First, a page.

[JPL] Artie Shaw Obit

Dr. Jazz drjazz at drjazz.com
Thu Dec 30 17:37:29 EST 2004


Jazz giant Artie Shaw dies at age 94

By Arthur Spiegelman

LOS ANGELES, Dec 30 (Reuters) - Jazz clarinetist Artie Shaw, famed for his 
classic recordings of "Begin the Beguine" and "Lady Be Good" as well as 
turbulent marriages to movie stars Lana Turner and Ava Gardner, died on 
Thursday at age 94, his manager Will Curtis said.

One of the giants of swing era jazz and a crusty, self-declared 
perfectionist, Shaw put down the clarinet in 1954 and never played it 
again, saying he could not reach the level of artistry he desired.

But in 1981, he ended a long musical intermission by reorganizing a band 
that bore his name and played his music -- but with another clarinetist, 
Dick Johnson, leading the orchestra and playing the solos.

Shaw traveled with the orchestra as a guest host and sometime conductor of 
the band's signature opening number, "Nightmare."

His 1938 recording of "Begin the Beguine" made him a national figure and a 
rival to another clarinet legend Benny Goodman. Shaw's bands in the 1930s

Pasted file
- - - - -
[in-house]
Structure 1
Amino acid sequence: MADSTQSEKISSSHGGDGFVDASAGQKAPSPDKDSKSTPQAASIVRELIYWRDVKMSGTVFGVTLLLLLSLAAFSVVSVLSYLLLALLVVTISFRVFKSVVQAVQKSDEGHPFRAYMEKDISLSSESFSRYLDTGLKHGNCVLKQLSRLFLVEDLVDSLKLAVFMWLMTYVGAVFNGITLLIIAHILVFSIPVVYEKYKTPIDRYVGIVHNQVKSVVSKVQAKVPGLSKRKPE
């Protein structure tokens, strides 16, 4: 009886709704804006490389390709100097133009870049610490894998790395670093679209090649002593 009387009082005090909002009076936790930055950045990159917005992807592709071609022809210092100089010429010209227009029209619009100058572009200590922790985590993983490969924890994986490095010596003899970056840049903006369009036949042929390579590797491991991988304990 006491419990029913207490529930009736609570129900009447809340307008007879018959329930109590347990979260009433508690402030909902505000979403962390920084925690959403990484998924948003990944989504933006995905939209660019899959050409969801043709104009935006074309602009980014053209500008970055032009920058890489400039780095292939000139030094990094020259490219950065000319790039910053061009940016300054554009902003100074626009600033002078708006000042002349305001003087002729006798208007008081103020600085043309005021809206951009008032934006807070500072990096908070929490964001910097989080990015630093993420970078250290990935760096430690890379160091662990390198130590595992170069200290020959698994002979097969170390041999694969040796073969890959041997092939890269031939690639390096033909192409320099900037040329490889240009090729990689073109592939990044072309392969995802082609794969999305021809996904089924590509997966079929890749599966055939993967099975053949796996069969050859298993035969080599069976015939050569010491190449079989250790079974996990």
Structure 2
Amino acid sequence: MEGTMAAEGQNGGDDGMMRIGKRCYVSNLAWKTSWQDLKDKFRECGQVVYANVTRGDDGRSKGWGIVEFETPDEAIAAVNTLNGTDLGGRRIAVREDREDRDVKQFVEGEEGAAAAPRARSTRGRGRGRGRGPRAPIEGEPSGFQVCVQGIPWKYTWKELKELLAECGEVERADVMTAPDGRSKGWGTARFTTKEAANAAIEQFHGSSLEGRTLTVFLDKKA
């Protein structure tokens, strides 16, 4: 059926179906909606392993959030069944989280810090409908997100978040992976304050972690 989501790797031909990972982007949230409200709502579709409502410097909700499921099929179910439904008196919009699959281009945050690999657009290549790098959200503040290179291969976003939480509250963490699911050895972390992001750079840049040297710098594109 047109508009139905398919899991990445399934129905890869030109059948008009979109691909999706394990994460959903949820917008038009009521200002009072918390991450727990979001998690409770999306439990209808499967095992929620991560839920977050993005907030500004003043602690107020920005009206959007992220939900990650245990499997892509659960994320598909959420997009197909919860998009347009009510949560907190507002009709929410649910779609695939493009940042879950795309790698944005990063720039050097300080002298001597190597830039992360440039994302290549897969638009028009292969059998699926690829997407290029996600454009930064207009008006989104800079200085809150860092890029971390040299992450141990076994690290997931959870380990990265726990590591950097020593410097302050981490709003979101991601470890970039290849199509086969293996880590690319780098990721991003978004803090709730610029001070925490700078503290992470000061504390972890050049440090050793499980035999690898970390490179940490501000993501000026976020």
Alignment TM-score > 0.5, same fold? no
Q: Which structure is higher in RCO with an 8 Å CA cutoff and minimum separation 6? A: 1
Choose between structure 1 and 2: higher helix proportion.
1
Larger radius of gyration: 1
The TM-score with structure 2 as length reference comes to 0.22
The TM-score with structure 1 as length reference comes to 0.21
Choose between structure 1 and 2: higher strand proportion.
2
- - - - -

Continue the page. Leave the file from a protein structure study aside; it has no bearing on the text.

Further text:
and '40s featured a Who's Who of jazz greats, including Billie Holiday, 
Buddy Rich, Roy Eldridge and "Hot Lips" Page. At his height, he earned 
$30,000 a week, a huge sum for the Depression Era.

Shaw called himself a difficult man, a view his eight former wives, 
including actresses Evelyn Keyes, Ava Gardner and Lana Turner, might have 
agreed with. He recalled once almost erupting when a woman asked if he 
could play something with a Latin beat.

In a 1985 interview with Reuters, Shaw said he gave up playing when he 
decided he was aiming for a perfection that could kill him.

"I am compulsive. I sought perfection. I was constantly miserable. I was 
seeking a constantly receding horizon. So I quit," he said.

"It was like cutting off an arm that had gangrene. I had to cut it off to 
live. I'd be dead if I didn't stop. The better I got, the higher I aimed. 
People loved what I did, but I had grown past it. I got to the point where 
I was walking in my own footsteps," he said in that interview.

So Shaw became a musical recluse, showing up as a guest on television game 
shows, writing an autobiography and a novel, traveling and lecturing.

But starting in the 1980s, Shaw returned to the road with his revived band 
as its host and sometime conductor of its opening number before turning 
over to Johnson.

Among his other famous songs were "Lady Be Good," "Indian Love Call" or 
"Frenesi."

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